Why eye-opening? Where did you move to Ohio from?
When my family moved to the United States, we lived in Harrisburg, Pennsylvania. My first experience of American life was in Central Pennsylvania. And that was a cultural awakening. As much as it was the culture shock of what American life was, there was also a definite sense that you were in a part of Pennsylvania that is different from the rest of the state. And from there, going to school in Ohio and meeting students from all across the state and getting to internalize the differences between the state’s culture and behaviors, it was eye-opening in that I really began to understand more than the shallow perceptions of American life coming from a foreign background — from an African background. A lot of what we internalize about American life is what the movies sell, but going to a place like Wittenberg was being exposed to people, real Americans, and how they live, and the daily struggles they go through, and that gave me a grounding of understanding in my journey in America.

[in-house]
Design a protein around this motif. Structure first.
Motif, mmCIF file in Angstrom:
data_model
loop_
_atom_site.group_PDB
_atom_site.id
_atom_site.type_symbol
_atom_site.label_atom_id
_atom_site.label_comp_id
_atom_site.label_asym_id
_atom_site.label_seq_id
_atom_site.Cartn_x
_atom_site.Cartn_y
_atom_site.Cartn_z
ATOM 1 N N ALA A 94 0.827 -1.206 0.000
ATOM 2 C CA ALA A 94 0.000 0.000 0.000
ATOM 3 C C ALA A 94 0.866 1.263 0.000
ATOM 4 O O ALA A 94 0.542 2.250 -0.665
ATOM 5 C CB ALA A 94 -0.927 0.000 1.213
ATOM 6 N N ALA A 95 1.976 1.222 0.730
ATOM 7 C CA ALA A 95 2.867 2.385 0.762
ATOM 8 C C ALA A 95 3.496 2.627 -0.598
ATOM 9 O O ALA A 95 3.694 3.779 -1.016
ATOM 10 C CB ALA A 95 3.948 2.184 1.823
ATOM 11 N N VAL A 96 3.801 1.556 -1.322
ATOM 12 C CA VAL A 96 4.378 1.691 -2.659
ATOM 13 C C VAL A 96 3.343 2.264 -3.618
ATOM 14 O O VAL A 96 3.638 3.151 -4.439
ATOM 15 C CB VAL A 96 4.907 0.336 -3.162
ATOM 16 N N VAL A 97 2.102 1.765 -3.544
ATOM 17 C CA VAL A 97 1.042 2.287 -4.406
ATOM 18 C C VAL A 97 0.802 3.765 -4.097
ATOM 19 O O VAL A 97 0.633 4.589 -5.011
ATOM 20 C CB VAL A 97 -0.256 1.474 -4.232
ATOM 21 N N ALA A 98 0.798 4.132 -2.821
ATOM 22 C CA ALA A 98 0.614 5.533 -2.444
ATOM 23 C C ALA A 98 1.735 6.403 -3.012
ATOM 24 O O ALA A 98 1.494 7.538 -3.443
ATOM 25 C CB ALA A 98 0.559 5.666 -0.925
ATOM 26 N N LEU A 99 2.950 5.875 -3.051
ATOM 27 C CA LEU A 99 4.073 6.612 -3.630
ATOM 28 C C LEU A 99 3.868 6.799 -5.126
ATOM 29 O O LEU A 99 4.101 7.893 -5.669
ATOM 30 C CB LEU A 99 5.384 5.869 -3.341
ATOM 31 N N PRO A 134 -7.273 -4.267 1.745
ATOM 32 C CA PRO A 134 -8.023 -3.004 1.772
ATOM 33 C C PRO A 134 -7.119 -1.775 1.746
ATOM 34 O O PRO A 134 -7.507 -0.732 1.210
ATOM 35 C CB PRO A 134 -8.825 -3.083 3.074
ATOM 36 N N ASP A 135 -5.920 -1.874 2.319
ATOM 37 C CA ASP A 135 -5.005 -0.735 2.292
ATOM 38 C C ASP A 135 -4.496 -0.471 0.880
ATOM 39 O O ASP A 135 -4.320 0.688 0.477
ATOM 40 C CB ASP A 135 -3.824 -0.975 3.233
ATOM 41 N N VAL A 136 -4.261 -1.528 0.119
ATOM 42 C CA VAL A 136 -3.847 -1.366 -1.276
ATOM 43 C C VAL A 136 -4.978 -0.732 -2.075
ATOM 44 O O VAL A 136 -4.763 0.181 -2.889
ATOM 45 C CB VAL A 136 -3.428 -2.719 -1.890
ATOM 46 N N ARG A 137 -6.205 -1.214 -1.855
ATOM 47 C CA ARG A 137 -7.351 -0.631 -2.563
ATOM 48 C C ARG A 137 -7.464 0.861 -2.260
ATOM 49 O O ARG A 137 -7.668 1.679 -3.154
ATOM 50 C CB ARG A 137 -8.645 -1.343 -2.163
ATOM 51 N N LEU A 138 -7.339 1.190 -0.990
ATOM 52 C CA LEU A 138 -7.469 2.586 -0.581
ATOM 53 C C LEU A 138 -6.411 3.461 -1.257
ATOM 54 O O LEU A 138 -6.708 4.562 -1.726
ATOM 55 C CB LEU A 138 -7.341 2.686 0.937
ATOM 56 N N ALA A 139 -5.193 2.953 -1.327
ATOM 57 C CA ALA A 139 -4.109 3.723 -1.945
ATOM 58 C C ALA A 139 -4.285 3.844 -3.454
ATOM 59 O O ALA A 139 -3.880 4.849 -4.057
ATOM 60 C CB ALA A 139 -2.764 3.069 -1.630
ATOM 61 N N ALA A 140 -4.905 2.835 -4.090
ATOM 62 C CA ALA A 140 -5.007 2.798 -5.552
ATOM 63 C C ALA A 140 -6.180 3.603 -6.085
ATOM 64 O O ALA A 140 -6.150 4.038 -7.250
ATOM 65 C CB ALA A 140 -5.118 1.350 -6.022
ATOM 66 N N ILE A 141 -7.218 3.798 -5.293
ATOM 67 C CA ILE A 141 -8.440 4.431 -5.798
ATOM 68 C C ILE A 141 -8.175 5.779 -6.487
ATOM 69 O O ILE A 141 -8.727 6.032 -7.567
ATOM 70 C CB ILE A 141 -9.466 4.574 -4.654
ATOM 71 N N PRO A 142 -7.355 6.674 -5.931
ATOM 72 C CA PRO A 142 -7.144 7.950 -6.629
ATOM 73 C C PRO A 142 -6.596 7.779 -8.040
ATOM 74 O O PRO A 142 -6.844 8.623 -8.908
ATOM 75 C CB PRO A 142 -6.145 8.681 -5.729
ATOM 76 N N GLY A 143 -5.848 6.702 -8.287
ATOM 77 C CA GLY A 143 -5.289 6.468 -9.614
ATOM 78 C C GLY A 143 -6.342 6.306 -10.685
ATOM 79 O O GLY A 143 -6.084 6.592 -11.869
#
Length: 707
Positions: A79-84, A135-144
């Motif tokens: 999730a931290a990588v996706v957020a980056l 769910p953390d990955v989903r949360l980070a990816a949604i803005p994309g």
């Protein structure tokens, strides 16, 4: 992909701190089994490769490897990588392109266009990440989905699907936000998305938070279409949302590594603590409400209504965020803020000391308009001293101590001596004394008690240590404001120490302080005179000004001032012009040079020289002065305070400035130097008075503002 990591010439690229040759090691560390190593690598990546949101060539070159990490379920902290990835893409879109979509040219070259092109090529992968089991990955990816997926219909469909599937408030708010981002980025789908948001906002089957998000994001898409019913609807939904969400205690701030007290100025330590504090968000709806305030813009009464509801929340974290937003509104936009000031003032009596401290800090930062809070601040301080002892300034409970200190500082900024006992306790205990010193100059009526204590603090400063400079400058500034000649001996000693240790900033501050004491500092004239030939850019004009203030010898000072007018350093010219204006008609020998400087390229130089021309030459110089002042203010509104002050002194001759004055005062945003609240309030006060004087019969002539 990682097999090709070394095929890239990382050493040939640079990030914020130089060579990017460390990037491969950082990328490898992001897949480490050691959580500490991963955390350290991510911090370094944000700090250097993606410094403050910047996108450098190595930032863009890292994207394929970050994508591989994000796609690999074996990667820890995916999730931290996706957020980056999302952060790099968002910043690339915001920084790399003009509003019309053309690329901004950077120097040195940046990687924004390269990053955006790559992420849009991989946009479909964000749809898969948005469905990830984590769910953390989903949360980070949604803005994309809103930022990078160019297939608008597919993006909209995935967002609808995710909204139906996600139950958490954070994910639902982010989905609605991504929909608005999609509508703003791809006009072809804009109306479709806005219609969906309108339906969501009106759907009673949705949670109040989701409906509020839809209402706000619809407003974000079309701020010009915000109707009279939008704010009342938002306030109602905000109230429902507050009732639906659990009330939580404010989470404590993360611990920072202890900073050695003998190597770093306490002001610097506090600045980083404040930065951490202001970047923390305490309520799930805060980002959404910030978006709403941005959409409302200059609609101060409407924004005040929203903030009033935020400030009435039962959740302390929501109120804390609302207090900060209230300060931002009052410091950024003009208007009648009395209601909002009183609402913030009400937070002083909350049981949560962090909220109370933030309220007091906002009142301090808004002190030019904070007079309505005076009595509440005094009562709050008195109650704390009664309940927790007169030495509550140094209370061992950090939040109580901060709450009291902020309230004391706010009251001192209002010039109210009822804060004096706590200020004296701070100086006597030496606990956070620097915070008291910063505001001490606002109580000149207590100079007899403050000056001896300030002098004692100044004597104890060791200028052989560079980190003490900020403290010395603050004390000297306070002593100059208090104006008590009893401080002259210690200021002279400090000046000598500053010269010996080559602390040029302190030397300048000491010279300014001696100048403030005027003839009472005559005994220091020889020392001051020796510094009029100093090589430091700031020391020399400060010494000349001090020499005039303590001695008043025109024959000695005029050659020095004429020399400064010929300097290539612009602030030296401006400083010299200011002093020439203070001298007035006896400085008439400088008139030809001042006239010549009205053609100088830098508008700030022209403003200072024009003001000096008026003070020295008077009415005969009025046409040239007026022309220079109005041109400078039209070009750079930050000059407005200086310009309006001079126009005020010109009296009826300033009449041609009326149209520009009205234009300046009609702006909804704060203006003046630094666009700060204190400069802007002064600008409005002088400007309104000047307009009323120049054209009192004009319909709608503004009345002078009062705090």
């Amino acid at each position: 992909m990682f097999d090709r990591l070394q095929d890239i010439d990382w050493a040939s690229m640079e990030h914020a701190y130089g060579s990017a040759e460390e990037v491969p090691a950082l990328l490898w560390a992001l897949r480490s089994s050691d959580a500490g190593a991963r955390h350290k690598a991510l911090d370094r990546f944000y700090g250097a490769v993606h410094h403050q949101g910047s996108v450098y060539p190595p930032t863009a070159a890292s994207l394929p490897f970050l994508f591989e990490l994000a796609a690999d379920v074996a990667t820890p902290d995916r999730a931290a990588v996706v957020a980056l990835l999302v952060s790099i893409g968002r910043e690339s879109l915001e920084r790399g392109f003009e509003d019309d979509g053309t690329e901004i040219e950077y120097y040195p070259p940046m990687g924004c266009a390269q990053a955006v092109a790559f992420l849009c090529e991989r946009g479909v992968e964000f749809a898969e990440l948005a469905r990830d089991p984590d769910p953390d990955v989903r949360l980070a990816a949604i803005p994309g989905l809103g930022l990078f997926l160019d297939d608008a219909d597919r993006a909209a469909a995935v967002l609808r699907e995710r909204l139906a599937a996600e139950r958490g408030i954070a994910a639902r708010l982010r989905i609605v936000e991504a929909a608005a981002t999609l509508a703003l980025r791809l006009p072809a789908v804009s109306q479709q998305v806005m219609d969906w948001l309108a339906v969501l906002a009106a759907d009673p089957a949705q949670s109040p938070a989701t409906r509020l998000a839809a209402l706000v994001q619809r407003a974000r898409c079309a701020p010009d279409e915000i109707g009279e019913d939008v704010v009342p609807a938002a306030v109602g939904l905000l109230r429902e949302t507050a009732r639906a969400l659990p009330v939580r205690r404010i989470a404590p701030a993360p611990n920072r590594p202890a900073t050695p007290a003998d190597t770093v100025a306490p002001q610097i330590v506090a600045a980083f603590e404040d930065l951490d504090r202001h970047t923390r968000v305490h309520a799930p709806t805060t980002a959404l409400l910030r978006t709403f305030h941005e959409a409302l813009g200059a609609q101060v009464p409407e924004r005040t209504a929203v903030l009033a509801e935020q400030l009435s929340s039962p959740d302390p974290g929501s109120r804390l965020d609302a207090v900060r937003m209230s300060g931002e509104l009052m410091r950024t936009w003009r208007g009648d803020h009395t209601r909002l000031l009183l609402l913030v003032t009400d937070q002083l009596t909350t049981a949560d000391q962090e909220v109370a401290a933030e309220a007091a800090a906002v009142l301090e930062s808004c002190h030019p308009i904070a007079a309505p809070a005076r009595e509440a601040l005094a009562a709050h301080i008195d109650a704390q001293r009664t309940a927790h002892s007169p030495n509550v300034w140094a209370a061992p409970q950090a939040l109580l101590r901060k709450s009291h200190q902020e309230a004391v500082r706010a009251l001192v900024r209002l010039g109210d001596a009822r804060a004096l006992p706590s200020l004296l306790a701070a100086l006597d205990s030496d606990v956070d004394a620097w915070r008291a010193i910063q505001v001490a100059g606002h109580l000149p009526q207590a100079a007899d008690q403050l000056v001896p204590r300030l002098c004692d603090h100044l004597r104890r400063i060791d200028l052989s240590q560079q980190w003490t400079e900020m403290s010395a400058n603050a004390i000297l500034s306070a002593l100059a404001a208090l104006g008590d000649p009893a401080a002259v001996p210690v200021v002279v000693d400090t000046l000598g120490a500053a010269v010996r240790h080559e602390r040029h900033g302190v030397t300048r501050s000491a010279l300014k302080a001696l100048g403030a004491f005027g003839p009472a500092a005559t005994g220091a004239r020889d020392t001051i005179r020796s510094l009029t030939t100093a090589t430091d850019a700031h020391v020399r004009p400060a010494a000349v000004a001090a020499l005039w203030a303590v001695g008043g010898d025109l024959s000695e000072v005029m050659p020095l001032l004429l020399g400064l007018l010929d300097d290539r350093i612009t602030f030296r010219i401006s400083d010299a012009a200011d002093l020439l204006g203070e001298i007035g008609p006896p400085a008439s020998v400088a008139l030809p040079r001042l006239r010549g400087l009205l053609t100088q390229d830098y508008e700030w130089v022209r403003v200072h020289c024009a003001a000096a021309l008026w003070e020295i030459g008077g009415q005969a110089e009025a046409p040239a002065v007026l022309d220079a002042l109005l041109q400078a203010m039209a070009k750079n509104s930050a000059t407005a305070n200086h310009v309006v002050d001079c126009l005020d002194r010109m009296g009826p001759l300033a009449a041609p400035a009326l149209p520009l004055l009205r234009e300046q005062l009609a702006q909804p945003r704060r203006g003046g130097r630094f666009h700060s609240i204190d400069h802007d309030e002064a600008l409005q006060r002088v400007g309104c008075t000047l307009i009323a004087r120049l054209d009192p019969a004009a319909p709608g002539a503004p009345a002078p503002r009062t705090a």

That’s interesting that you differentiate between Central Pennsylvania and Ohio, because I think a lot of people who are not familiar with this region would designate it all as flyover country, and not recognize that there’s a lot of nuances between the regions here.
And that is the problem of easy narratives. You’re very right. What we call flyover country is filled with people with very distinct stories, and they’re rich; they have their own backgrounds. It makes it harder to just get a catchall. But, yes, Central Pennsylvania has a very distinctive way of life about it, just as it’s different from Western Pennsylvania, just as the western side of Pennsylvania is different from Philadelphia, the coastal side, so it is with states. And at an early age — at 18, 19 — getting to understand America from the ground, getting to see it in a school setting, for me was vital. I began to understand the whole notion of what it is to be an American.
So what do you love about Pittsburgh?